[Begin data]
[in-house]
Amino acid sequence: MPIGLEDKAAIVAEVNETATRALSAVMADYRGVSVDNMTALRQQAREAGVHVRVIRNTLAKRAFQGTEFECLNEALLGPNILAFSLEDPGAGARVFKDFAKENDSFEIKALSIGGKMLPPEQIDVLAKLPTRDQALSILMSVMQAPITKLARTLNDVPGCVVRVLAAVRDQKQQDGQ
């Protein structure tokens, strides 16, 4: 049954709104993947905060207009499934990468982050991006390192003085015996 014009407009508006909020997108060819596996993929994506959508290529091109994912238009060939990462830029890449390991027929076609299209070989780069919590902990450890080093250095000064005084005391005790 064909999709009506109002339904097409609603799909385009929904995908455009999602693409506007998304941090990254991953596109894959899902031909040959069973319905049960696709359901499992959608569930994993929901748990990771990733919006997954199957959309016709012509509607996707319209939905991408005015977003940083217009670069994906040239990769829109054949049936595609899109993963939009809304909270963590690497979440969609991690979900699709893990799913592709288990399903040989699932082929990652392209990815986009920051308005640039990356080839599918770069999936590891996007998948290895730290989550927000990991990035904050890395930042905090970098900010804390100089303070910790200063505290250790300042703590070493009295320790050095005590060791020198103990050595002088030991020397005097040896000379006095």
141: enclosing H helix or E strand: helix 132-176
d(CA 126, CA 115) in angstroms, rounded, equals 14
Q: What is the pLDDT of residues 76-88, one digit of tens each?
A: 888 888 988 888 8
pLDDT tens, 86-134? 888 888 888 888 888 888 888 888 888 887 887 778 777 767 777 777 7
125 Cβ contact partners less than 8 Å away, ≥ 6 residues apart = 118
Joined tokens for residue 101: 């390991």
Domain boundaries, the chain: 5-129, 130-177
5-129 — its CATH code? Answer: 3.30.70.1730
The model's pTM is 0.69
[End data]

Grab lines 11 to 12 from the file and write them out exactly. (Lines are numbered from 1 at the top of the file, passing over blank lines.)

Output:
Domain boundaries, the chain: 5-129, 130-177
5-129 — its CATH code? Answer: 3.30.70.1730